On July 29, 2010, the trial court executed a judgment dismissing the landowners' principal demand against the Browns based on a compromise agreement entered into by the litigants. However, the litigants did not file a copy of the compromise in the record.

Paul Brown and Brown LLC responded to the third-party demands and filed two unsuccessful motions for summary judgment before filing the motion now before this court.[4] On January 16, 2014, Paul Brown and Brown LLC filed the [14-644 La.App. 3 Cir. 3] summary judgment motion now before us. In that motion, they asserted that the Browns' third-party demands should be dismissed because they have failed to pursue their claims against Louis Merhige for warranty of title as provided for in the

Page 777

cash sale deed. The summary judgment motion was heard on February 21, 2014, and the trial court took the issue under advisement. On March 17, 2014, the trial court issued written reasons for judgment granting the motion for summary judgment and dismissing all of the Browns' third-party claims against Paul Brown and Brown LLC. The trial court executed a judgment to that effect on March 5, 2014, and thereafter, the Browns perfected this appeal.

In their appeal, the Browns raise two assignments of error:

1. The lower Court erred when it determined that a buyer must sue a seller in warranty, otherwise the buyer is legally prohibited from recovering in a legal malpractice action.
2. The lower Court erred when it granted the Motion for Summary Judgment, effectively dismissing the case, rather treating than it [sic] as an untimely exception of prematurity or the exception of nonjoinder of a party under Articles 641 and 642.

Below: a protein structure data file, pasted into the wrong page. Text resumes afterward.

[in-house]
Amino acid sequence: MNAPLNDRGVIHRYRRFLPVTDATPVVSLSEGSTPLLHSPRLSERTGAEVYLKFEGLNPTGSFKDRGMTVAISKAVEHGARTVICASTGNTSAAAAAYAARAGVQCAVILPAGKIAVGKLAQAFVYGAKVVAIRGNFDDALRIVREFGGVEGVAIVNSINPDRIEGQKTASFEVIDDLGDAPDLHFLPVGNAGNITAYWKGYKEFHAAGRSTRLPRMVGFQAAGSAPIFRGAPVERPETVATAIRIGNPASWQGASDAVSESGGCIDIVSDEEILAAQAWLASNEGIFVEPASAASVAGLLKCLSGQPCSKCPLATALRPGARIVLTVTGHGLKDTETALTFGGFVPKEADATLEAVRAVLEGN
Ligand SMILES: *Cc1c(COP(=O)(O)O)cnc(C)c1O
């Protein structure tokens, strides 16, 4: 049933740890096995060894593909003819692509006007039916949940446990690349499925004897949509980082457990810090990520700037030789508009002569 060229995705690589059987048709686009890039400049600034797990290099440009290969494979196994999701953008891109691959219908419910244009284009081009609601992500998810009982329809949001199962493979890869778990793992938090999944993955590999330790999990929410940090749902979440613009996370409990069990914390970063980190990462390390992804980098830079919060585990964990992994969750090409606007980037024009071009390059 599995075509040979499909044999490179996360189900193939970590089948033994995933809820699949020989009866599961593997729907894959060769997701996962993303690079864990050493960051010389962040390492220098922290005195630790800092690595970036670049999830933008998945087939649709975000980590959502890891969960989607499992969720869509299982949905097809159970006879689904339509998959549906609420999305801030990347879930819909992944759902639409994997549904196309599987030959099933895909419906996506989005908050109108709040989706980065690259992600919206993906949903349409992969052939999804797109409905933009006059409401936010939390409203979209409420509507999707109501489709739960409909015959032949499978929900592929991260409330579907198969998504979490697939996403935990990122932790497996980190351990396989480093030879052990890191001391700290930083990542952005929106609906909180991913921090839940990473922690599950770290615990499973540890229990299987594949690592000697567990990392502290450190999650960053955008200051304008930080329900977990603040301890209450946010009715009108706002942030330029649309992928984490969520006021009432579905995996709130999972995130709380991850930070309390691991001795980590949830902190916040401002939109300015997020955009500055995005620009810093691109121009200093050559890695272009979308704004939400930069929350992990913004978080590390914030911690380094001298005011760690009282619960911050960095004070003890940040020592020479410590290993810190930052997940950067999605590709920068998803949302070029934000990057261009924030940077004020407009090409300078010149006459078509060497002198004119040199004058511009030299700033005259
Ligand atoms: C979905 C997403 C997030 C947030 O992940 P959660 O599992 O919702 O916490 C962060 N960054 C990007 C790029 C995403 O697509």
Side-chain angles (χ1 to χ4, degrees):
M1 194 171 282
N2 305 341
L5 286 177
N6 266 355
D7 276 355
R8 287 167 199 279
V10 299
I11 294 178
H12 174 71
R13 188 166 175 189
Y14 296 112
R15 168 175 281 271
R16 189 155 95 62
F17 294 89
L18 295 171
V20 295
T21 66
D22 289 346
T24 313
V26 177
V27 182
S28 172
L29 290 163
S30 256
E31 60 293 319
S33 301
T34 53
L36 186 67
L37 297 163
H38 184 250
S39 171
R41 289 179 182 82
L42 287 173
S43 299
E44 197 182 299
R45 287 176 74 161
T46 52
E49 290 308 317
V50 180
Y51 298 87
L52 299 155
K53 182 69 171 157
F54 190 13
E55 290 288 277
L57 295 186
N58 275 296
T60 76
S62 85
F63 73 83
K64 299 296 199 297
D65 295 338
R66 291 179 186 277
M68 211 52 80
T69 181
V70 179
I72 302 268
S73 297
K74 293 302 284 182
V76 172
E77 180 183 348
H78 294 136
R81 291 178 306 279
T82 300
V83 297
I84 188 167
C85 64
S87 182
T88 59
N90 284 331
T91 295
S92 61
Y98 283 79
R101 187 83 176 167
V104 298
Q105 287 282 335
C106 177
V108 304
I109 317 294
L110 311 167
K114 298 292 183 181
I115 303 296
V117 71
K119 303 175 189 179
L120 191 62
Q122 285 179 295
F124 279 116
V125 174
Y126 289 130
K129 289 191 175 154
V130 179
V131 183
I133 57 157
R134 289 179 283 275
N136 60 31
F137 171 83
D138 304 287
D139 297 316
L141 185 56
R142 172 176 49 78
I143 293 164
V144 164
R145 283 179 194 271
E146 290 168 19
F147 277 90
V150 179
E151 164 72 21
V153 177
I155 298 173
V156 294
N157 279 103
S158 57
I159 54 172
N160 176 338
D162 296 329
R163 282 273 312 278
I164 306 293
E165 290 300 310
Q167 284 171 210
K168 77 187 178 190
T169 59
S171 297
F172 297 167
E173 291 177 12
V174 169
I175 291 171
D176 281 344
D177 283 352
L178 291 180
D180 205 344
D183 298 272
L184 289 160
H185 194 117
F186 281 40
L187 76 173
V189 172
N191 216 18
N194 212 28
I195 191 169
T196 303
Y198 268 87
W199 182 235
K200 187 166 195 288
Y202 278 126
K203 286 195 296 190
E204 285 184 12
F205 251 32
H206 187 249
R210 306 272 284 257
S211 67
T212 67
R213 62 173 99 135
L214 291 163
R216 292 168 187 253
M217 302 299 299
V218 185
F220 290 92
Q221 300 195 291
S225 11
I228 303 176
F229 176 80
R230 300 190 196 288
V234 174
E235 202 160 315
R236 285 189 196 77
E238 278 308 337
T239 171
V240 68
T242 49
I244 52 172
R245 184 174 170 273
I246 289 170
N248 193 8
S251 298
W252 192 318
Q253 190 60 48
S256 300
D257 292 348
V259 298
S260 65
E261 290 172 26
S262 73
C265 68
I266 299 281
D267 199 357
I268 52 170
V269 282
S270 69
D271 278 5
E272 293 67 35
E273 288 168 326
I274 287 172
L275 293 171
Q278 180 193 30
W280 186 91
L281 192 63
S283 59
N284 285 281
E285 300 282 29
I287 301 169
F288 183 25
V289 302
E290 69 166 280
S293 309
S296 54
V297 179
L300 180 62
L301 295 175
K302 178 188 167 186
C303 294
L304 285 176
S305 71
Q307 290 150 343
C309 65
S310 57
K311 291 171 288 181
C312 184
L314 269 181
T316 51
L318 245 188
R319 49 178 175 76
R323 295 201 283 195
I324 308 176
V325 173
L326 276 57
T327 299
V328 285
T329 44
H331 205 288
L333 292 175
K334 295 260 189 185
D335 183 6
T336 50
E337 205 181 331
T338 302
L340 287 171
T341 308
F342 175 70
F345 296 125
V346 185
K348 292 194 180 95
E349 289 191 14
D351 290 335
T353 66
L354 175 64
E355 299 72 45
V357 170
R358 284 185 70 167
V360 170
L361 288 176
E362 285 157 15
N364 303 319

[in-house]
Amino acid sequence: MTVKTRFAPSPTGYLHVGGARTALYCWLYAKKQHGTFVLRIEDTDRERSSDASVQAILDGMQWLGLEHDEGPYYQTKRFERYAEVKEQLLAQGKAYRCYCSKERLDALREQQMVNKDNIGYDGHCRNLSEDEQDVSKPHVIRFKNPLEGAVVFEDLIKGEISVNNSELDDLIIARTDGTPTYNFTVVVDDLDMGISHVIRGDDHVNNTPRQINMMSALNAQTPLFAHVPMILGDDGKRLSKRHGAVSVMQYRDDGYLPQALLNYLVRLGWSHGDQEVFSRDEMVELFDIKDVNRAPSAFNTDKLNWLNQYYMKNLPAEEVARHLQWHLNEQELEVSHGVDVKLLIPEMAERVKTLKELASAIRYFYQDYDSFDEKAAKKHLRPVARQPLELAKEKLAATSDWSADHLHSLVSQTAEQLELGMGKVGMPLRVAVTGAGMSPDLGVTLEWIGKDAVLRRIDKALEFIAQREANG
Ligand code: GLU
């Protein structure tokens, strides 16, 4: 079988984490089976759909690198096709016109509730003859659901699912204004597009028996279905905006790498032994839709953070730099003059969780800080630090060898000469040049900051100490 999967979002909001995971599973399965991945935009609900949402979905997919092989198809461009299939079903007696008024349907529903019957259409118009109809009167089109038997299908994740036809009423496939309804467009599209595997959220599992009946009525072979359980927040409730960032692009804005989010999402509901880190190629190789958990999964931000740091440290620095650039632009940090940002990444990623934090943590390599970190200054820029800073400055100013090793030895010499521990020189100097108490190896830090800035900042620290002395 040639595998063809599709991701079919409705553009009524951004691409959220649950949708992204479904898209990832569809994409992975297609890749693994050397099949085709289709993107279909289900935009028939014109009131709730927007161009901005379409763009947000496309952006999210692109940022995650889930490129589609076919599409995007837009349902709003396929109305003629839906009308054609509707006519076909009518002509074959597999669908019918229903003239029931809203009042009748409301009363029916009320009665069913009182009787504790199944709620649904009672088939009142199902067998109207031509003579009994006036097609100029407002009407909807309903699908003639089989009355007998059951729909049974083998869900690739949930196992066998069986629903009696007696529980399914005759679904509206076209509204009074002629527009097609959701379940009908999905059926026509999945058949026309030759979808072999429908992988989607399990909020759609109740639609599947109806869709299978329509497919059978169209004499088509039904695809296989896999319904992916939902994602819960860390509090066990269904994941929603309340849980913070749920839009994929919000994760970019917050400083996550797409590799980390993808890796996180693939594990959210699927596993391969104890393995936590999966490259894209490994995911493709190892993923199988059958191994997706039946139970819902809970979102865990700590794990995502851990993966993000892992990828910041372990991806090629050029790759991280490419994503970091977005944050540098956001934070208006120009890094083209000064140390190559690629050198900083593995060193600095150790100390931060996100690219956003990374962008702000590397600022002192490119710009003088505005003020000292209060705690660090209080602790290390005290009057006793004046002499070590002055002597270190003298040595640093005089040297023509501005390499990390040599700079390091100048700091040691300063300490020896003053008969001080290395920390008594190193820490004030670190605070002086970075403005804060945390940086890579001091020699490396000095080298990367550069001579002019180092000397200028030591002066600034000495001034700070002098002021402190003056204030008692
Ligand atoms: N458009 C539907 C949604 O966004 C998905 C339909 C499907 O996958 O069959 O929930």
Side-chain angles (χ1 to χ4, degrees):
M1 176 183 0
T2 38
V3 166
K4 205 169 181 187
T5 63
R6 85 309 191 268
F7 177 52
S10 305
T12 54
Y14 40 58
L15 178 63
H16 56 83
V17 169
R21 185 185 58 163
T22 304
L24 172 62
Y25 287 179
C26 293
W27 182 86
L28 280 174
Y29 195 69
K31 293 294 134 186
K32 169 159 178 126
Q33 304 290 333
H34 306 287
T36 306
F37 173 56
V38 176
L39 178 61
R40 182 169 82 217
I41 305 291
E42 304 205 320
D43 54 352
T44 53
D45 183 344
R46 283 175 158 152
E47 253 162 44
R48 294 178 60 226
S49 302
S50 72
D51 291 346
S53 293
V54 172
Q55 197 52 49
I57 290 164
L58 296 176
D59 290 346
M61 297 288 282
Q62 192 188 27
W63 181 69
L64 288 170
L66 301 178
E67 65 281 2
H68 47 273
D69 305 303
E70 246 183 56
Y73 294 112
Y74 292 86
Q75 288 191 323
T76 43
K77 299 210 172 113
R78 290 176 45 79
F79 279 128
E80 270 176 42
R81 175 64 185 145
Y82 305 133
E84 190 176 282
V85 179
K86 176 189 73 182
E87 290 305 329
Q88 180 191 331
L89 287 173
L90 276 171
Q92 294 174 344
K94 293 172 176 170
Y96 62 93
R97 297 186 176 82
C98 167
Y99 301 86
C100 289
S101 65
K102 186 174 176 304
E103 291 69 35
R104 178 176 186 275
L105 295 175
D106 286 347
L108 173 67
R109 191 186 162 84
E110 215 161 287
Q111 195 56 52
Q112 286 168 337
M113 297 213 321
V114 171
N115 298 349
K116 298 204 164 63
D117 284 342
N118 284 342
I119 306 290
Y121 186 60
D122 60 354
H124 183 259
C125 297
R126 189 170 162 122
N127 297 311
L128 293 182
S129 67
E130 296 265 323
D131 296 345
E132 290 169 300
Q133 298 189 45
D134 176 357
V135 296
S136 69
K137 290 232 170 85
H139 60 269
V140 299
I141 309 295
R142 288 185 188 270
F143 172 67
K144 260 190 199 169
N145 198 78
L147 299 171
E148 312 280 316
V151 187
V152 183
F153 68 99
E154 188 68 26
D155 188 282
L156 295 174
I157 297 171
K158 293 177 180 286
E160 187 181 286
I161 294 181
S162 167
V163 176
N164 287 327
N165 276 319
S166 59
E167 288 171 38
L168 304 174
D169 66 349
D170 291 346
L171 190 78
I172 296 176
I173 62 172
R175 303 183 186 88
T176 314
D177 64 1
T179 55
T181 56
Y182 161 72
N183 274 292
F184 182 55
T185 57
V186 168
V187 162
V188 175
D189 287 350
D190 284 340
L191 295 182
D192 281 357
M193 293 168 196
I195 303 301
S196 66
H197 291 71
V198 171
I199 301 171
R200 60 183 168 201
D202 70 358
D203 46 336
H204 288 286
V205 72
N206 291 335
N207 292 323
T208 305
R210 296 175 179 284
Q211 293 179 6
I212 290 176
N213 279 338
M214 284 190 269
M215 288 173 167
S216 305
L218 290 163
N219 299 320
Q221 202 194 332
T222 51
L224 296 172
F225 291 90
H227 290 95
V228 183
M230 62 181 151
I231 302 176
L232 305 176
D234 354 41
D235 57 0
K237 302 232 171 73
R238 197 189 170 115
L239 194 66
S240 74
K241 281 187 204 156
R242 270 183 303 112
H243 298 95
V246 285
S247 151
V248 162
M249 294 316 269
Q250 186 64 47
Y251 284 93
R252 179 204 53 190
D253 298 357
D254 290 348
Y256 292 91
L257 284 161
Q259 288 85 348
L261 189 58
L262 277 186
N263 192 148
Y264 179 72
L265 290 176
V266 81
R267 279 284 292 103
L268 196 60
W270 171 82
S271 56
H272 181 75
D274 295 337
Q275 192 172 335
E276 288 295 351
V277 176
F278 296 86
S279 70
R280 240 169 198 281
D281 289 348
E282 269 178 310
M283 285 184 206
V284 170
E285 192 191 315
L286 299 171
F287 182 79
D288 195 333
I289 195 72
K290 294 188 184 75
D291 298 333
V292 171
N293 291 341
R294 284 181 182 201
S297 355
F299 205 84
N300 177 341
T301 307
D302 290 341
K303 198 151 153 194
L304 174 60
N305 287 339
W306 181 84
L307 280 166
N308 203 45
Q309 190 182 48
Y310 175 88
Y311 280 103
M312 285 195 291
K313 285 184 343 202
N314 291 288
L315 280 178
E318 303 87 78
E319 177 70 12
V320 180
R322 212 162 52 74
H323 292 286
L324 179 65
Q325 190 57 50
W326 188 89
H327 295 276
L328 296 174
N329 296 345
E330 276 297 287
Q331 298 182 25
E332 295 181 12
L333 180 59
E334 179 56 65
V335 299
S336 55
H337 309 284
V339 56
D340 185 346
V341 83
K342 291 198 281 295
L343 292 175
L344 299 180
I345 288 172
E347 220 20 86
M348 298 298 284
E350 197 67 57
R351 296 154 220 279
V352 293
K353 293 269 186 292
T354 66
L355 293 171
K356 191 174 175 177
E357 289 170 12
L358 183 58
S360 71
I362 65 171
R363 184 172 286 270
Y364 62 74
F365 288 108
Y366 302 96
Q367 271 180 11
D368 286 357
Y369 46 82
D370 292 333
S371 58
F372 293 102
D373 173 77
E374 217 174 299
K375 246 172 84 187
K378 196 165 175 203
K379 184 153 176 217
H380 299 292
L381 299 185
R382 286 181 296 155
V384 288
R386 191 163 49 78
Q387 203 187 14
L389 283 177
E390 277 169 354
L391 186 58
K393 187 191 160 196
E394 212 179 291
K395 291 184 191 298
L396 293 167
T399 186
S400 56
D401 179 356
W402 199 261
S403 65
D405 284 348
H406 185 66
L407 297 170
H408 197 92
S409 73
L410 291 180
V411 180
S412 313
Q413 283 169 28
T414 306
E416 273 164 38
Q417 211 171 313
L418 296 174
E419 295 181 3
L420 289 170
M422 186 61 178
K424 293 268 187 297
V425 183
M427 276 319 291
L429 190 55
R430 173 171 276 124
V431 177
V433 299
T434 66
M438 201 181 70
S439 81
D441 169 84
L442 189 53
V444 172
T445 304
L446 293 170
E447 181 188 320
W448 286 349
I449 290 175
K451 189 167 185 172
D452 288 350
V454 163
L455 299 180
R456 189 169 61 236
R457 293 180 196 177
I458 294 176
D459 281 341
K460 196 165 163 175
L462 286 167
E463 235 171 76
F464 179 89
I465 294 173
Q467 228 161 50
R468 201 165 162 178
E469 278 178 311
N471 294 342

OPINION

The appellate review of summary judgment is well settled. Bourque v. Transit Mix, 13-1390 (La.App. 3 Cir. 5/7/14), ___ So.3d ___. " Appellate review of the granting of a motion for summary judgment is de novo, using the identical criteria that govern the trial court's consideration of whether summary judgment is appropriate." Smitko v. Gulf S. Shrimp, Inc., 11-2566, p. 7 (La. 7/2/12), 94 So.3d 750, 755.

[14-644 La.App. 3 Cir. 4] Although amended multiple times in the last three years, summary judgment proceedings are still favored and are " designed to secure the just, speedy, and inexpensive determination of every action, except those disallowed by Article 969." La.Code Civ.P. art. 966(A)(2). That article further provides:

The judgment sought shall be rendered forthwith if the pleadings, depositions, answers to interrogatories, and admissions, together with the affidavits, if any, admitted for purposes of the motion for summary judgment, show that there is no genuine issue as to material fact, and that mover is entitled to judgment as a matter of law. If the motion for summary judgment is denied, the court should provide reasons for the denial on the record, either orally upon rendition or in writing sua sponte or upon request of a party within ten days of rendition.

La.Code Civ.P. art. 966(B)(2).

Moreover, the burden of proof remains the same:

The burden of proof remains with the movant. However, if the movant will not bear the burden of proof at trial on the matter that is before the court on the motion for summary judgment, the movant's burden on the motion does not require him to negate all essential elements of the adverse party's claim, action, or defense, but rather to point out to the court that there is an absence of factual support for one or more elements essential to the adverse party's claim, action, or defense. Thereafter, if the adverse party fails to produce factual support sufficient to establish that he will be able to satisfy his evidentiary burden of proof at trial, there is no genuine issue of material fact.